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UMass Boston Archaeological Field School conducts research in Plymouth

Bones+were+excavated+at+the+site
Bones were excavated at the site

From May 27th to June 27th, the students and professors of the University of Massachusetts Boston’s Archaeological Field School excavated the side of a hill in Plymouth, MA, looking for the border of the original pilgrim settlement, whose whereabouts continue to be a longstanding mystery.
Despite not finding the borders of the original settlement, the group now has a better understanding of the history and activity that occurred on that particular plot of land. Additionally, the graduate and undergraduate students involved gained hands-on experience in archaeological field work.
The Field School’s search was highlighted in several news outlets, including the Boston Globe, Washington Post, and the Smithsonian.
Burial Hill rises in the center of Plymouth, it’s slope covered with gravestones, large shade-giving trees, and coarse yellow grass. This vantage point is the reason the original pilgrims built their fort there, as its palisades encircle and stretch down to the harbor.
The fort has since become a graveyard, and the palisades have been taken down and built over. This makes the small patch of land at the bottom of Burial Hill one of the only places where their remnants might be found. 
Field School director David Landon, in a video made by UMass Boston’s Office of Communications, said, ”We realized very quickly that we needed to have a big sign so that people driving by knew what we were up to.”
Landon implies that onlookers might have wondered if they were witnessing grave robbing. Ground-penetrating radar was used before digging, to ensure that no graves would be disturbed.
Landon, Associate Director of the Andrew Fiske Memorial Center for Archaeological Research and a Professor of Archaeology at UMass Boston, reports that the field school unearthed horse bridles, oysters, doorknobs, and schoolhouse bricks.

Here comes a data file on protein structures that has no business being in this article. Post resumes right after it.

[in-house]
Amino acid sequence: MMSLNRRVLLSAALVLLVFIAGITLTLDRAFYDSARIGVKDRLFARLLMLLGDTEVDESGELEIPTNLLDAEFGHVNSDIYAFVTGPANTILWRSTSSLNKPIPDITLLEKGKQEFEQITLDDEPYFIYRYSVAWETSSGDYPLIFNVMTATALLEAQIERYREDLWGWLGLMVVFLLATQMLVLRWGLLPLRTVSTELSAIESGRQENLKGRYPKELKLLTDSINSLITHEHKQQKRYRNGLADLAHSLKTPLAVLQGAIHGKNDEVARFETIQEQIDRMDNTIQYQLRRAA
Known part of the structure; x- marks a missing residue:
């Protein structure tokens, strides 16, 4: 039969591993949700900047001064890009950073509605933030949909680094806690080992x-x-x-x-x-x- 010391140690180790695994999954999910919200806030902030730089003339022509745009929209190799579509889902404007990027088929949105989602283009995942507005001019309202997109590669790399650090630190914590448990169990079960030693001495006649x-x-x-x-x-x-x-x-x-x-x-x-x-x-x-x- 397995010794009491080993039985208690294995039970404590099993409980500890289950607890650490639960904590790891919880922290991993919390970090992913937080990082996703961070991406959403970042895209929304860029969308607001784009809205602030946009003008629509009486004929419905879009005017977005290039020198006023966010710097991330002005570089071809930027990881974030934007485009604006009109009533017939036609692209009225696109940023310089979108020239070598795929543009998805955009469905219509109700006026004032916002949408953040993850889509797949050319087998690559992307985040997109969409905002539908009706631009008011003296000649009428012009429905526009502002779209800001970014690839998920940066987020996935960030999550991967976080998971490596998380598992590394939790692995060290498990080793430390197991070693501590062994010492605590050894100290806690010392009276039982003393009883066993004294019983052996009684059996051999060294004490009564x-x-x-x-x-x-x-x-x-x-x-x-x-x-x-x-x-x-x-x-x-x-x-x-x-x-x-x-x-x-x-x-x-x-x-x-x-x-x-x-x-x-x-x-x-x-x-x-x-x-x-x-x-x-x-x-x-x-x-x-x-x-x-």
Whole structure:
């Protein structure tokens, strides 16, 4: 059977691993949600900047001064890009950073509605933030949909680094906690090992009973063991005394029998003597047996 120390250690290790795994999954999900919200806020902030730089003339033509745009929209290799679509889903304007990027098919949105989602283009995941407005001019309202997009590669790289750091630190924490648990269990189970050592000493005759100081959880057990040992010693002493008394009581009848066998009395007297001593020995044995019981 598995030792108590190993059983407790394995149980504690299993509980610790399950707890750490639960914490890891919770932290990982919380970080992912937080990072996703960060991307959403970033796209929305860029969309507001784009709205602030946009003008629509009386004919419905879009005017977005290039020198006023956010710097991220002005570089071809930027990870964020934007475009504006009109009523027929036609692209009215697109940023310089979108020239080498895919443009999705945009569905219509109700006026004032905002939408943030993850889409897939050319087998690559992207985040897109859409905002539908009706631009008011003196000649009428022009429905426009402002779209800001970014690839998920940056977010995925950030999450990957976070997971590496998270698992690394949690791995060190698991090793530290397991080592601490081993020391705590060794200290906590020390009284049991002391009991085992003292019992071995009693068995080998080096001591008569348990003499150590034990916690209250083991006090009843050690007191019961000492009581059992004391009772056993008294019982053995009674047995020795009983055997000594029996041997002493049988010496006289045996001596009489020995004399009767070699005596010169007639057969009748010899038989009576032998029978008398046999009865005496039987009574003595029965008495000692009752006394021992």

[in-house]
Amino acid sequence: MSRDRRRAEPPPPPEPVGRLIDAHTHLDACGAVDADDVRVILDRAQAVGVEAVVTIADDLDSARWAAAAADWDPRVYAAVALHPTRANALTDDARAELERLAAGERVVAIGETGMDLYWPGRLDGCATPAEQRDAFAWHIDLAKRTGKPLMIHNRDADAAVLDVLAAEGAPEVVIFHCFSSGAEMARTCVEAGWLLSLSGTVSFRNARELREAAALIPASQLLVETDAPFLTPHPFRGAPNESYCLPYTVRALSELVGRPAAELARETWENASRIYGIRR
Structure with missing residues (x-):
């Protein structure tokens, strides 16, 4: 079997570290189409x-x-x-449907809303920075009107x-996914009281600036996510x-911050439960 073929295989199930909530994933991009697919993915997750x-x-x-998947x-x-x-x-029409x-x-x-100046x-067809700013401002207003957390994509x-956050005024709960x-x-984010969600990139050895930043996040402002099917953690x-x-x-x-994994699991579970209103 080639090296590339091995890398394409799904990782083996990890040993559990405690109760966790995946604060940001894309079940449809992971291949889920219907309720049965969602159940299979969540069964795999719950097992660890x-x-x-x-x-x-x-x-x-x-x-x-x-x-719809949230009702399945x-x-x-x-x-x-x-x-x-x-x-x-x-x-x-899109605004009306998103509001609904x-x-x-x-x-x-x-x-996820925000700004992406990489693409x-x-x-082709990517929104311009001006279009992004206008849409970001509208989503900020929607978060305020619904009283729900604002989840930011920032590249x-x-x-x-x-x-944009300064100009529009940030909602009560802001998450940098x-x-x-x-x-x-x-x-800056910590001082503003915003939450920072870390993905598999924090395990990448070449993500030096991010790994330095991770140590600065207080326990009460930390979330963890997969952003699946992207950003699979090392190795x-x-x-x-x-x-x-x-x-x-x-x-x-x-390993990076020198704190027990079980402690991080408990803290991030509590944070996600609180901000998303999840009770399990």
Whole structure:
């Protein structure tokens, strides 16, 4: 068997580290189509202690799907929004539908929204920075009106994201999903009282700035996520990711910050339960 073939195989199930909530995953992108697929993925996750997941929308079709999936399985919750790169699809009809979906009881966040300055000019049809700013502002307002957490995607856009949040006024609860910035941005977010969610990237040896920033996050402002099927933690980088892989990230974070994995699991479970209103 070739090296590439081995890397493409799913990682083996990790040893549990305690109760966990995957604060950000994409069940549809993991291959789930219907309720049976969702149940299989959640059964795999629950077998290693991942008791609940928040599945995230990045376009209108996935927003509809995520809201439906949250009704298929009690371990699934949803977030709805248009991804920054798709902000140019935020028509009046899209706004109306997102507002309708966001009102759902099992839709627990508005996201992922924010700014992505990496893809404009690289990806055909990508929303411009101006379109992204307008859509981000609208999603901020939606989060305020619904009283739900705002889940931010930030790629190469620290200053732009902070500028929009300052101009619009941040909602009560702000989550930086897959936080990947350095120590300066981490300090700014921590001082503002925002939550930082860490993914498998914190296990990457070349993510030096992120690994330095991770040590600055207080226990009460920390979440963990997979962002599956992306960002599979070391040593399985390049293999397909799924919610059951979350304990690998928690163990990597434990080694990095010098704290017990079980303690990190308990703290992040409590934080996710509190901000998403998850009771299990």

These artifacts consistently appear to be from the 19th century. A graduate student will write up a description of the items for their Master’s thesis, and the collection will be curated at Plymouth Plantation. 
Tyler Kyrola, Field School participant, said in the Office of Communications video, “It’s a challenge, and a lot of fun finding the bottom of these holes, and we’ve found a lot of cool artifacts along the way,” mentioning finding “buttons with fabric still attached to them.”
Kyrola said that this layer of soil at the bottom of the hole was the most important discovery, and gave them an idea of “how to refine our research area if [they] are searching for older material, such as the [Pilgrim] fortifications.”
Kyrola, 23, is from Independence, MI and attended St. Olaf College in Northfield, MN. He graduated with a joint major in Anthropology and Sociology, as well as a second major in Religion, and a minor in Gender Studies. 
Kyrola worked in Excavation Group #9, a sub-group of the Field School, alongside UMass Boston historical archaeology graduate student Eric Johnson, and undergraduate senior Xinli Huang, as well as volunteers from the Plymouth community.  
Kyrola described the area of the excavation site as previously having a lot of historic buildings on it – “a lot of stables, warehouses, and houses.” Group number nine looked at how the land had changed after the construction and demolition of those buildings. 
When asked if this was the first archaeological project he had been involved in, Kyrola replied that it wasn’t, but that; “every dig is different, every dig is exciting.” 
The Archaeological Field School is provided through the college of Advancing and Professional Studies and is designed to give students experience in “field recording, mapping, excavation, sample collection, and basic artifact analysis,” according to the program’s website.
“The students are in the classroom, then, they actively engage in this serious research project,” titled ‘Project 400,'” Landon said. This dig leads up to the historic 400th anniversary of the Plymoth Plantation.
Landon plans to return with students to Plymouth every summer until at least 2021 to continue searching for the foundations of the palisades.